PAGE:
After 200 years under lock and key, all the personal papers of one of our most important monarchs are seeing the light of day for the first time. In the first documentary to gain extensive ... See full summary »
A semi-autobiographical project by John Boorman about a nine year old boy called Bill as he grows up in London during the blitz of World War II. For a young boy, this time in history was ... See full summary »
Aging King George III of England is exhibiting signs of madness, a problem little understood in 1788. As the monarch alternates between bouts of confusion and near-violent outbursts of temper, his hapless doctors attempt the ineffectual cures of the day. Meanwhile, Queen Charlotte and Prime Minister William Pitt the Younger attempt to prevent the king's political enemies, led by the Prince of Wales, from usurping the throne.Written by
This movie made Sir Nigel Hawthorne the first openly gay actor nominated for an Academy Award. Actors who later admitted or were later confirmed to be gay had been nominated, but he was the first actor who was already "out" at the time. He was frustrated that it was all the American interviewers wanted to discuss, rather than this movie or the nomination. See more »
At the end of the film, the Royal Family goes to Saint Paul's Cathedral. A view of the front of the Cathedral shows that the clock in the left-hand tower is missing, but this was as a result of German bombing raids in the early 1940s. See more »
[to Dr. Willis]
King Lear; do you think that is wise?
I did not know what the play was about.
See more »
Outstanding, impeccable, exquisitely done combination of tragedy and comedy...
THE MADNESS OF KING GEORGE shows us how mad the ruler of England became at some point in time due to an illness doctors knew little about.
How his illness is treated is at the core of this story, when King George III is assigned a doctor (IAN HOLM) to use whatever means are necessary to restore sanity. All the while, court intrigue has everyone in parliament conspiring about appointing a Regent to take over the King's duties. His son, the Prince of Wales (RUPERT EVERETT) is more then willing to replace his father on the throne.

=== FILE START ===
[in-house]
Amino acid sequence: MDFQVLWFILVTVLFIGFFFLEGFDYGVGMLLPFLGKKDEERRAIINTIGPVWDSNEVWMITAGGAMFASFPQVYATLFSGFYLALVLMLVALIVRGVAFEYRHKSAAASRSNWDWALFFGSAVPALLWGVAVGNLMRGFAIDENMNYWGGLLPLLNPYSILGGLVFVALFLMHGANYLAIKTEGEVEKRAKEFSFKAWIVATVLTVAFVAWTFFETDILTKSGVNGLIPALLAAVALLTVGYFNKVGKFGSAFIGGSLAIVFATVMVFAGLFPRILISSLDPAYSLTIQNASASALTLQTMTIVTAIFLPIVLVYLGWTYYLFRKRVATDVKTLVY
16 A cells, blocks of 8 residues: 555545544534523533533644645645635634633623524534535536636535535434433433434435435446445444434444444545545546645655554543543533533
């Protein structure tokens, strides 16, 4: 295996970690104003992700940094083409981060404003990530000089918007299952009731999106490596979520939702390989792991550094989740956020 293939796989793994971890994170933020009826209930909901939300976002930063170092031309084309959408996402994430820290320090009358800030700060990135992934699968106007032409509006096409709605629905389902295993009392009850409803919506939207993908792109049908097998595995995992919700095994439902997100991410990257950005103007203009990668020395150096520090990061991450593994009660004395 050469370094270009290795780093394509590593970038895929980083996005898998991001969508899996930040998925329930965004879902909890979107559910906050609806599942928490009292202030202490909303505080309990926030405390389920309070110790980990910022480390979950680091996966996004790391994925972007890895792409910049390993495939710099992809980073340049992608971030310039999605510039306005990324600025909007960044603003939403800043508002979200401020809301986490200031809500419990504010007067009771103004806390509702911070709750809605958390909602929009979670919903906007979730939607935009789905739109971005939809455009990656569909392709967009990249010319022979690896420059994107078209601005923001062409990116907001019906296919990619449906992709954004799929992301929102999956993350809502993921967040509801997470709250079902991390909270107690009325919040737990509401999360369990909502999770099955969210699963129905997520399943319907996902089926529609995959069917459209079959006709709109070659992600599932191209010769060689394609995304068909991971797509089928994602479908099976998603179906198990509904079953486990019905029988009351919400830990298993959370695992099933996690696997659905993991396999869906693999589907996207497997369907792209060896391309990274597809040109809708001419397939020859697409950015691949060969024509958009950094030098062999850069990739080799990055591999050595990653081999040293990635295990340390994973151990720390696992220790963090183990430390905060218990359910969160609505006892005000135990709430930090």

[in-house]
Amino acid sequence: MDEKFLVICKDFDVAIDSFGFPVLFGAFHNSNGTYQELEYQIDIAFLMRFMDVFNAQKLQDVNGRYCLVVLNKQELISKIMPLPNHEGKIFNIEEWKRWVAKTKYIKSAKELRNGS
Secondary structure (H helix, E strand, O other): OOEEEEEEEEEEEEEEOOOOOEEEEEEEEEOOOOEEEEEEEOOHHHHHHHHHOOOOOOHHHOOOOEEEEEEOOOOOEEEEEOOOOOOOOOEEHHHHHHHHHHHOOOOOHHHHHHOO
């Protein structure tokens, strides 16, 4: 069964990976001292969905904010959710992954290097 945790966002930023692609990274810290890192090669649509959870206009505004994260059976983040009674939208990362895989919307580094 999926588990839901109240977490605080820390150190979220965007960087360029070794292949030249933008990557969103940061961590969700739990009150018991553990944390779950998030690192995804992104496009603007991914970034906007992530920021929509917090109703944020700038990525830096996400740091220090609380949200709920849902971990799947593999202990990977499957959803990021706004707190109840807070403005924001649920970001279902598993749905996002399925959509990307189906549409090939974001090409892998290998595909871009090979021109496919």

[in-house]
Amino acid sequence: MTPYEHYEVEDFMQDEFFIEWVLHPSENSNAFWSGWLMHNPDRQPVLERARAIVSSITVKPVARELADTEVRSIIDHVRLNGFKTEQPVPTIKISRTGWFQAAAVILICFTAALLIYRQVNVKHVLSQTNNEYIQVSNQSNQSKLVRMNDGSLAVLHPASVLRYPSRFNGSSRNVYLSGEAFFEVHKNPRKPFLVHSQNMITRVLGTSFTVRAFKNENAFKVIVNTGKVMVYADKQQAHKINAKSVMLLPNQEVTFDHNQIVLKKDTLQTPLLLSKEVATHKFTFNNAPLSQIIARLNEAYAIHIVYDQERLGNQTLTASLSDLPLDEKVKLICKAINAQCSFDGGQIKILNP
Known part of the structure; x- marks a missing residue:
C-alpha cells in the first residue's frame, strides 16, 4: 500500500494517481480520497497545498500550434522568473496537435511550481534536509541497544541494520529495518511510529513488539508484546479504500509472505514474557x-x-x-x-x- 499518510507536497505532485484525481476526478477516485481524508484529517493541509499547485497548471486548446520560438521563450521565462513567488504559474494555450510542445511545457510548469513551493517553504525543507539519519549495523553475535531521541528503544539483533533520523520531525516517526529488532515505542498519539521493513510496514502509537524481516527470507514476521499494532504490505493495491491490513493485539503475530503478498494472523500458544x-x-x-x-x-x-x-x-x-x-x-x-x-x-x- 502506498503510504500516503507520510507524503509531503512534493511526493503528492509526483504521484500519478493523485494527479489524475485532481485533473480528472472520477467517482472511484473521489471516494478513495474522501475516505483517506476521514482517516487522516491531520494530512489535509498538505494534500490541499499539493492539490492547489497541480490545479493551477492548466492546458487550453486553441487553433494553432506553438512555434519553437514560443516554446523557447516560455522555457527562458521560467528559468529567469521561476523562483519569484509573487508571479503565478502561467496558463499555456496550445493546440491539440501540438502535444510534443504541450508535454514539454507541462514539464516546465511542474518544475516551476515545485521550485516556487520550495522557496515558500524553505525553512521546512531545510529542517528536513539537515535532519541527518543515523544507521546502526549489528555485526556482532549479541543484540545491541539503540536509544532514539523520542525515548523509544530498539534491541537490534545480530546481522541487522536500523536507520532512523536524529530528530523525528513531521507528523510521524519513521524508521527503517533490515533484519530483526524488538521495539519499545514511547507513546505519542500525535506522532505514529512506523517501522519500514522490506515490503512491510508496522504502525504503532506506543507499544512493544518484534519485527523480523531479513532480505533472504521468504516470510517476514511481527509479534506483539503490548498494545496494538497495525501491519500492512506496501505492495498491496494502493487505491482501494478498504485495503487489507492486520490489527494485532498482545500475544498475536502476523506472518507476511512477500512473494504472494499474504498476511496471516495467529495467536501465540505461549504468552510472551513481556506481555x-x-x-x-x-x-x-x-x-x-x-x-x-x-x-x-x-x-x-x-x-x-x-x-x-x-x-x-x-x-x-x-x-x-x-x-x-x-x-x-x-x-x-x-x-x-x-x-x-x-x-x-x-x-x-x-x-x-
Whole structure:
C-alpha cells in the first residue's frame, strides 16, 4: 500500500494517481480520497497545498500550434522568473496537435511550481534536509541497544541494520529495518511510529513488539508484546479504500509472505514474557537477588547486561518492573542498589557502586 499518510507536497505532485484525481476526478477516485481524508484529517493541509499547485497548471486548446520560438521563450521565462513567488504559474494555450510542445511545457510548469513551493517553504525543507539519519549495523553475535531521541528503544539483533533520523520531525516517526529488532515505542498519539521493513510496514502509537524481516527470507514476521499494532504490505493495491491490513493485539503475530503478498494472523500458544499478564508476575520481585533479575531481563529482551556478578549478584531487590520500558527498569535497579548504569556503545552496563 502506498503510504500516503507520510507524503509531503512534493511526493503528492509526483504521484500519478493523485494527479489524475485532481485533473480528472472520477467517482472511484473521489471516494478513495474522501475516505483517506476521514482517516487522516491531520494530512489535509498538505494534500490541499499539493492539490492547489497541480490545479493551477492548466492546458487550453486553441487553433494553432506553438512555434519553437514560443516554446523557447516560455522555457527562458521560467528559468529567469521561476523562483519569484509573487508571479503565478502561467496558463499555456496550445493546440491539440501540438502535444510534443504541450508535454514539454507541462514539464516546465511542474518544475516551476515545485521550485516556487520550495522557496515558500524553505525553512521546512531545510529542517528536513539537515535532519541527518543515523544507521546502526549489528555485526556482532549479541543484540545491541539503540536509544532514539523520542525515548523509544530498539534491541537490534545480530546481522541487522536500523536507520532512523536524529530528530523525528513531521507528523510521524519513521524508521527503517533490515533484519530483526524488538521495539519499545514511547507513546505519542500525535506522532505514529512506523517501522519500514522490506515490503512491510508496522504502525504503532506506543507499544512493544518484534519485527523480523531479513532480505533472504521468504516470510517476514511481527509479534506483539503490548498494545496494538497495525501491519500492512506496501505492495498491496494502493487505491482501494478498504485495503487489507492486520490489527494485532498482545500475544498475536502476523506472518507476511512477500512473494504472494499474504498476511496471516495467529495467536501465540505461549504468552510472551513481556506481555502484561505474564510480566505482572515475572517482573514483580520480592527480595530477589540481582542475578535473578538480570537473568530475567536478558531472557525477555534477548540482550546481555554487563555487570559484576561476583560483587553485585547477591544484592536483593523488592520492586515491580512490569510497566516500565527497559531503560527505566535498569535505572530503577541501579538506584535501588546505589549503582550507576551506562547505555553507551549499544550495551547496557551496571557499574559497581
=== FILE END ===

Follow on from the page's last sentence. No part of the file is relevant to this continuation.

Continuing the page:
Much of it is played for fine comic effect with many nuances and comic timing in spite of the seriousness of the central character's illness. NIGEL HAWTHORNE recreates his London stage role, playing the part of the mad king to perfection. HELEN MIRREN is highly satisfactory as his wife who wants nothing more than to see him make a complete recovery and RUPERT GRAVES is fine in one of the more low-key roles as one of the King's supportive aids.
As usual in all of these British historical pieces, the settings, costumes, photography, art direction--all are exquisite. The photography is a marvel at suggesting that only candlelight illuminates many of the scenes so that it's like watching a series of fine paintings come to life. Effective use of Handel's music provides solid support throughout.
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